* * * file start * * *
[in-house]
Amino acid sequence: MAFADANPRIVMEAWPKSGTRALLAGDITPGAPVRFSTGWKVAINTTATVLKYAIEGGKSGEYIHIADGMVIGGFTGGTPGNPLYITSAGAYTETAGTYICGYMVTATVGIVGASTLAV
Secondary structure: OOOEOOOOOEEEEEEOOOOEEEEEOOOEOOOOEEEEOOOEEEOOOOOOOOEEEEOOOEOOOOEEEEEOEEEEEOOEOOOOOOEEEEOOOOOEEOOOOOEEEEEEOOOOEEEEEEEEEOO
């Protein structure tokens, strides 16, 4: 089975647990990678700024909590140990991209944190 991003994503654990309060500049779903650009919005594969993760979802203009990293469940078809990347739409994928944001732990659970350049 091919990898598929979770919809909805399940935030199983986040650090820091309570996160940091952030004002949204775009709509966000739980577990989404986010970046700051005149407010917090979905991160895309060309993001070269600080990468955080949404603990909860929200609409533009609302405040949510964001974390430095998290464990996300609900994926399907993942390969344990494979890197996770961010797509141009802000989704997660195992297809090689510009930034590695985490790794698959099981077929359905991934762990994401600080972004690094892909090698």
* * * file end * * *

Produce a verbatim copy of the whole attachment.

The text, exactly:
[in-house]
Amino acid sequence: MAFADANPRIVMEAWPKSGTRALLAGDITPGAPVRFSTGWKVAINTTATVLKYAIEGGKSGEYIHIADGMVIGGFTGGTPGNPLYITSAGAYTETAGTYICGYMVTATVGIVGASTLAV
Secondary structure: OOOEOOOOOEEEEEEOOOOEEEEEOOOEOOOOEEEEOOOEEEOOOOOOOOEEEEOOOEOOOOEEEEEOEEEEEOOEOOOOOOEEEEOOOOOEEOOOOOEEEEEEOOOOEEEEEEEEEOO
């Protein structure tokens, strides 16, 4: 089975647990990678700024909590140990991209944190 991003994503654990309060500049779903650009919005594969993760979802203009990293469940078809990347739409994928944001732990659970350049 091919990898598929979770919809909805399940935030199983986040650090820091309570996160940091952030004002949204775009709509966000739980577990989404986010970046700051005149407010917090979905991160895309060309993001070269600080990468955080949404603990909860929200609409533009609302405040949510964001974390430095998290464990996300609900994926399907993942390969344990494979890197996770961010797509141009802000989704997660195992297809090689510009930034590695985490790794698959099981077929359905991934762990994401600080972004690094892909090698």